Learning Gemstone Studio Photography


Gemstone fever. We usually call it akik in Indonesia. A lot of my friends and family members talk about their gemstone collection. I personally am not too interested about gemstone myself. But its discourse surrounding me over and over finally got my mind poisoned, more over when some practiced how to see the gemstone feature. I was a bit curious when they lighted the gemstone using flashlight and cellphone torch. The biggest question was how the gemstone would look like when it was lighted by studio lighting. So then I was honoured when Mr Arya Ndhut, Mr Ucu, and Dr Foki allowed me to borrow some of their akik collections and I brought them to photography laboratory of communication science, Al Azhar University of Indonesia by the permission of Mas Edo, Mas Viand, Mas Yuda, and Bung Qiday.

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I do apologize that I couldn’t mention the name of each gemstone name because I didn’t notice that even though the owners were telling me about its each names and stories. I placed the gemstones on a still-life/multi table then I lighted them using 4 softboxes, generally from the right-top, left-top, below the table, and rear the table. The greatest test and difficulty were about getting the best light reflection and the through lighting out of the gemstones to reveal the inner motives. Some gemstones were not having transparent characteristics so they didn’t have rear through light as the aesthetics factor. Some gemstones were in white or bright feature so I had difficulties about the overexposed and I was unable to reveal its inner or surface aesthetics. For example like these ones :

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When I discussed about how to photograph white, transparent, or bright feature gemstone with the photography lecturer Om Arryadianta and Mas Bagus (a senior photographer), they told me that my biggest mistake was I didn’t use black background to place the gemstone. A very simple mistake and I stupidly forgot about. The other tips from Om Arrya and Mas Bagus was, when photographing a non-transparent gemstones or jewelry is don’t forget to use black cloth and black base on it so the still-life/multi table and the softboxes reflection doesn’t disturbed the gemstone motives. We can see my mistake on these ones :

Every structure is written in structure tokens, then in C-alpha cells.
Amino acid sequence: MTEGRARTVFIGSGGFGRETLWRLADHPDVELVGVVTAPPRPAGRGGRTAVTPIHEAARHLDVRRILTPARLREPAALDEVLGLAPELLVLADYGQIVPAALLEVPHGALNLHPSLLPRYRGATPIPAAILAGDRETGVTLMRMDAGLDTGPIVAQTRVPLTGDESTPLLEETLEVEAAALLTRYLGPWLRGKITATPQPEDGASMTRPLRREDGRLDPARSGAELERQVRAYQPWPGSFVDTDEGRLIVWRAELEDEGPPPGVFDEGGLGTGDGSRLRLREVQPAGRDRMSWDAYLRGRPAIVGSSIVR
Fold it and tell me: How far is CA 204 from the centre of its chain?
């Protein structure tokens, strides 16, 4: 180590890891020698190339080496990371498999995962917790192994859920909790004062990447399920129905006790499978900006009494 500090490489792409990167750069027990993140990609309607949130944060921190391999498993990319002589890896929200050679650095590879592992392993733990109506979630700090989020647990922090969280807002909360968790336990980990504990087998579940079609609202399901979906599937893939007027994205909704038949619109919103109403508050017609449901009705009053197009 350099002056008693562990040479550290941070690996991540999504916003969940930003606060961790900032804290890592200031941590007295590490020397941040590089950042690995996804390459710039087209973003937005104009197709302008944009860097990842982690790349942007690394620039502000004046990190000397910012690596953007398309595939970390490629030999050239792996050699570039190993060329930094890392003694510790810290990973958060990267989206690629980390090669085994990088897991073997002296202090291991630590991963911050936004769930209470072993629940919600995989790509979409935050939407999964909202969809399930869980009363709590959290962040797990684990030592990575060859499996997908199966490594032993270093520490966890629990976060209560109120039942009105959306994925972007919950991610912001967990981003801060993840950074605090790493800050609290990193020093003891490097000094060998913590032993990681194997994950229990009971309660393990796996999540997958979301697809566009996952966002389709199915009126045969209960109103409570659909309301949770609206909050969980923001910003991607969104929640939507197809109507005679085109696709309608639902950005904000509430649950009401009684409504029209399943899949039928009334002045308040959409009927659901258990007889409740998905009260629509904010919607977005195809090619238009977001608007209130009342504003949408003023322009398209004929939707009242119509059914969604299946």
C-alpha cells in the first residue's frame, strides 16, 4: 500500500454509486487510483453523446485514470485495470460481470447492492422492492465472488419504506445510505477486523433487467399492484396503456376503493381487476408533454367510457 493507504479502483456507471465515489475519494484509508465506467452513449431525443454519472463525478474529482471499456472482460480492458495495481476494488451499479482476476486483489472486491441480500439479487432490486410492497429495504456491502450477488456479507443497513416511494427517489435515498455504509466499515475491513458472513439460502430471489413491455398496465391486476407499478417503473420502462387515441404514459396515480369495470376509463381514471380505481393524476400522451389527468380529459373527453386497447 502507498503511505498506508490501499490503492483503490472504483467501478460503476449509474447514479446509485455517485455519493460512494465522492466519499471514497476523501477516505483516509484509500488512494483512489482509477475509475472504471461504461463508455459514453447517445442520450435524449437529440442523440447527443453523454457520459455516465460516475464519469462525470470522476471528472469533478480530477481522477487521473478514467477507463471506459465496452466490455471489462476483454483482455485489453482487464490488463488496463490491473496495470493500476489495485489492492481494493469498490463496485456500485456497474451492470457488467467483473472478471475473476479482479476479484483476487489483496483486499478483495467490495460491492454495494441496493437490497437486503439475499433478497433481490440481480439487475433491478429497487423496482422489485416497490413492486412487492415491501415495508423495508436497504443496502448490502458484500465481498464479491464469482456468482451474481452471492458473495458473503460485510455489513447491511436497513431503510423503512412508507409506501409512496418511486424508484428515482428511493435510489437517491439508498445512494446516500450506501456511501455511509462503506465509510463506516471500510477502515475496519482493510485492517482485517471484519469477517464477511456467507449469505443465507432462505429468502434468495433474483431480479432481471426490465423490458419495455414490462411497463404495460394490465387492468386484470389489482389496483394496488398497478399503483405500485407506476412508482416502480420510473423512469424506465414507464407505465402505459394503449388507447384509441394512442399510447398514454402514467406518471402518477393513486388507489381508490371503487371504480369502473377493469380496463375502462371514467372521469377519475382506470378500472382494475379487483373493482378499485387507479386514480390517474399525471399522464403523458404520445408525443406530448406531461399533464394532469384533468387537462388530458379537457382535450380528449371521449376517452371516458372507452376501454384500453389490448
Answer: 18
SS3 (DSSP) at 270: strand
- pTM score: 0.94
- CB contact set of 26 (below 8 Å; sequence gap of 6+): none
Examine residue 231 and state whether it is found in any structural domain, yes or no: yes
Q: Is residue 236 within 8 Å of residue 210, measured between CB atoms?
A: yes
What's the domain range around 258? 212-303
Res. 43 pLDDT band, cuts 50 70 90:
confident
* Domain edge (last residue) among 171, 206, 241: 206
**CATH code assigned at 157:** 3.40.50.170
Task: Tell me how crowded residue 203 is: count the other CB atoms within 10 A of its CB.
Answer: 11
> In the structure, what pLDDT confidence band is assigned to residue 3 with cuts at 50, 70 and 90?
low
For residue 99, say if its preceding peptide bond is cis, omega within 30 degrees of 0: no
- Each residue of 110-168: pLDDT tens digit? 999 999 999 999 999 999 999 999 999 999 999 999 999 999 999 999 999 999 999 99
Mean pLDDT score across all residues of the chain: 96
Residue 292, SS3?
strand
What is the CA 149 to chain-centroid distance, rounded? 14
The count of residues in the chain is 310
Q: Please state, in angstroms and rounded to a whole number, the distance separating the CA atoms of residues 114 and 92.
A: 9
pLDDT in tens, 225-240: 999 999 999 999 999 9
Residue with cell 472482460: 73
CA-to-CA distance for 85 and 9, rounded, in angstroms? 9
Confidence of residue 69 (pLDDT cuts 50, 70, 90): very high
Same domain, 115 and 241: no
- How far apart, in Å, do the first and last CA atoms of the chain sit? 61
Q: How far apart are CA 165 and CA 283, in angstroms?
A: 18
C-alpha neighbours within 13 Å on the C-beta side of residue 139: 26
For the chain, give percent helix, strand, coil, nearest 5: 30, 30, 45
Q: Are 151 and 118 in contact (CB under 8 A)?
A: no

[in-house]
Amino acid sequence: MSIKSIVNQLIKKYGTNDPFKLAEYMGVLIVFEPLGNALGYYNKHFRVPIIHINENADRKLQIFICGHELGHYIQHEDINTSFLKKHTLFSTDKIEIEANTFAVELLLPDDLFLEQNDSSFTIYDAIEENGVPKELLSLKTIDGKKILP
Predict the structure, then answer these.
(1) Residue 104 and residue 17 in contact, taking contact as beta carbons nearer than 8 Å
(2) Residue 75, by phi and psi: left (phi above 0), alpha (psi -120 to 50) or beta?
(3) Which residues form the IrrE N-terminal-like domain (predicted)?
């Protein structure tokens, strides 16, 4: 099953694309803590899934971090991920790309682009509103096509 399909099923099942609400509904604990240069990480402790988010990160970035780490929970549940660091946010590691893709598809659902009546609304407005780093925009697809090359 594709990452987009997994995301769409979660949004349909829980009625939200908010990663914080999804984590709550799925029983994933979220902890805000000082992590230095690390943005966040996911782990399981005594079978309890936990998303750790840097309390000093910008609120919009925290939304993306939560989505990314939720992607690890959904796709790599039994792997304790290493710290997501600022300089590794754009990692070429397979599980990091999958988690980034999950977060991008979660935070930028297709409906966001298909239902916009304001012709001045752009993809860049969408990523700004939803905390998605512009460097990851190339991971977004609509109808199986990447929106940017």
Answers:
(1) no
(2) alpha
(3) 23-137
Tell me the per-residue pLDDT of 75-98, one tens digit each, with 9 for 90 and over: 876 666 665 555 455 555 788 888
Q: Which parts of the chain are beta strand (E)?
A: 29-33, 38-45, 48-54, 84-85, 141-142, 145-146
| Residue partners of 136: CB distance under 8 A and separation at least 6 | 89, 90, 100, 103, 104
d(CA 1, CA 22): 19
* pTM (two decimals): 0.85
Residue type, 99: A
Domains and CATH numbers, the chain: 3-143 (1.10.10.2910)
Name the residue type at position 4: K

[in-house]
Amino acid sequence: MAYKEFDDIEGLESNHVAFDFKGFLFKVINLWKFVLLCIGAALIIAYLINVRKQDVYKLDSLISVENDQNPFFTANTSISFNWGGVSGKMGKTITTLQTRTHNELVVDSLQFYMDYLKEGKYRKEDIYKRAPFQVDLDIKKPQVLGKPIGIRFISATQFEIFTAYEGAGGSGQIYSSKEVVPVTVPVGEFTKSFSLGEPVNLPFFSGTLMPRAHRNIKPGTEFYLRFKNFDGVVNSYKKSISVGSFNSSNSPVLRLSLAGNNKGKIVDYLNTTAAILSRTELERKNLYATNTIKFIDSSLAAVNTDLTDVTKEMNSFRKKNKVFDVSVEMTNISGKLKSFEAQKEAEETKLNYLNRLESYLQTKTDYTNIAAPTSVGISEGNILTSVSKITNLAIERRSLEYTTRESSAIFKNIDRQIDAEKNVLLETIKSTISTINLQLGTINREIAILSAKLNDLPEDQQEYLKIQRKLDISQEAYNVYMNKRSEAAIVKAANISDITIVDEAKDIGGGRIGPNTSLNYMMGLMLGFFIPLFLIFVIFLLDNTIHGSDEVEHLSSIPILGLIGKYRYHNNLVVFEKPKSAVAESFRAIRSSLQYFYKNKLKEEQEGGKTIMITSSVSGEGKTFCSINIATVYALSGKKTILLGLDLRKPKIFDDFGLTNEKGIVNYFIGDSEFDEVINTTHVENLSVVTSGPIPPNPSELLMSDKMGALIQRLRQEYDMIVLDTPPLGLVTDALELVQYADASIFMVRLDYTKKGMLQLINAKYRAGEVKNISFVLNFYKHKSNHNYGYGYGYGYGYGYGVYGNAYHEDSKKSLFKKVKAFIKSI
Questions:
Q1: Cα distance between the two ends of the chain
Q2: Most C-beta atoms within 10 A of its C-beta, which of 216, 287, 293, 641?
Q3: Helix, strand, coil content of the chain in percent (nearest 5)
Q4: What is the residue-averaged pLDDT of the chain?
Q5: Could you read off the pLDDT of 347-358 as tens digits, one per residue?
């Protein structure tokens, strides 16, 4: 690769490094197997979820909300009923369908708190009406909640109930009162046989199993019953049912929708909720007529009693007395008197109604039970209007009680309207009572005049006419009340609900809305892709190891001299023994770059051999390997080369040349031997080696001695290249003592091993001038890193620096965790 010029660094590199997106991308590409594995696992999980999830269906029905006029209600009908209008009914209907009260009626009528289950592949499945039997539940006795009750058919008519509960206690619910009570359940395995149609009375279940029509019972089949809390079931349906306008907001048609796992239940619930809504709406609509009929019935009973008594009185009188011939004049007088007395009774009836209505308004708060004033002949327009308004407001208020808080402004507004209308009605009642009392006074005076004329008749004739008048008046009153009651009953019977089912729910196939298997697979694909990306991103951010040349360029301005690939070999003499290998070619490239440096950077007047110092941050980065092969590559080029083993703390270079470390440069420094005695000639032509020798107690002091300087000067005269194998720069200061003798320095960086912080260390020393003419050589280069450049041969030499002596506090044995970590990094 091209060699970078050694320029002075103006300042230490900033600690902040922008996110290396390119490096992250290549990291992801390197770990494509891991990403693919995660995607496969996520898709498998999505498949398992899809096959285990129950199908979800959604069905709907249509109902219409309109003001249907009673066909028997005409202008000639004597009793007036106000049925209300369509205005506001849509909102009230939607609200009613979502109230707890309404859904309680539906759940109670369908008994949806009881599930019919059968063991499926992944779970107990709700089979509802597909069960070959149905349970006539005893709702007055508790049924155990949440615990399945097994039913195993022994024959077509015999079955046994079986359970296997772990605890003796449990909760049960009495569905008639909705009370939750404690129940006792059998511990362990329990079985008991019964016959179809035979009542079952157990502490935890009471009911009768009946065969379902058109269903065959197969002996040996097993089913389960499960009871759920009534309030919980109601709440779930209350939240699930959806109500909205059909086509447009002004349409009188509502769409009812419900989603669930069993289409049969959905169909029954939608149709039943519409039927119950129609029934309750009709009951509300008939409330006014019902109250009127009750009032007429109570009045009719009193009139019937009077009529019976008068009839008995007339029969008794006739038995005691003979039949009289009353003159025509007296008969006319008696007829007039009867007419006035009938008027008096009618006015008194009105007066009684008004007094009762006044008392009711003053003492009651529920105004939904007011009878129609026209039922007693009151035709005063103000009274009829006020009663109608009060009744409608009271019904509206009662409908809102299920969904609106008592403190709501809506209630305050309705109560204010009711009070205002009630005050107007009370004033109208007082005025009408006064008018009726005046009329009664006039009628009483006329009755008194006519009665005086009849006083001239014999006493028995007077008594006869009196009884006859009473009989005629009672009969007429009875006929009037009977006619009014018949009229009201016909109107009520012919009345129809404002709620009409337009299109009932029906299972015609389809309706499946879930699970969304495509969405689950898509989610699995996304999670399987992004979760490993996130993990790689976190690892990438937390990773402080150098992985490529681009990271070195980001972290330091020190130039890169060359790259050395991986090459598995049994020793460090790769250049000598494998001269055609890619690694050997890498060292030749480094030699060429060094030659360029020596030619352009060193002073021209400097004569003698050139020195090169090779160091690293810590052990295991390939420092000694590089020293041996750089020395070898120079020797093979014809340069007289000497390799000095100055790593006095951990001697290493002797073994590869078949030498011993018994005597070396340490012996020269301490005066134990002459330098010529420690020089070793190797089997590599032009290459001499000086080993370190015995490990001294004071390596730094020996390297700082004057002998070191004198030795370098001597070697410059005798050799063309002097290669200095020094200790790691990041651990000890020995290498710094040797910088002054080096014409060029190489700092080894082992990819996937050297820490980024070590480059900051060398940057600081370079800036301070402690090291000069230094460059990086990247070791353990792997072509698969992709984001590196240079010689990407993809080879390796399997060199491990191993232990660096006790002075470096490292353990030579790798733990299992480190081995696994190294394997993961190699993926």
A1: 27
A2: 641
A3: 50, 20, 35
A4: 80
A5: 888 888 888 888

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One technical problem was that I didn’t have a macro lens so I couldn’t get a closer focus on the gemstone. I’m sure I would get a better close looks of the gemstone if I used that.

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Maybe you have experiences about photographing gemstones in a studio, I’m humbly eager to hear and learn about that more. This is my first time photographing gemstones in a studio and I frankly share my mistakes in revealing its natural aesthetics. Thank you for Mas Arya Ndhut, Pak Ucu, and Dr Foki for the gemstone collections. Thank you for Om Arryadianta and Mas Bagus for the constructive, challenging, and honest critics. Thank you for Mas Edoardo Irfan, Mas Viand Isword, Mas Yuda, and mas Rizky “Bung Qiday” for the opportunity to use the photography studio.

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2 thoughts on “Learning Gemstone Studio Photography

  1. Aha, thank you for your explanation. That’s very valuable information for me. Refraction and don’t light the surface directly. Noted. Thank you very much indeed.

  2. I don’t have any experience about gem photography and dont know what the basic techniques. But, speaking for myself, in optical physics there are refraction and reflection laws in gems as transparant materials. Based on that law, don’t strike your camera’s light rays perpendicular to surface of the gem, because you can’t get the effect of refraction. Second, you should know the Index of Refraction (IR) of the gems. Through this you can get the best angle that you should take to gem photography.
    Mmmm…if we know the IR, we can determine the critical angle of refraction. The critical angle cause reflection, thus by take photo with this angle we can get the brilliance result. 🙂

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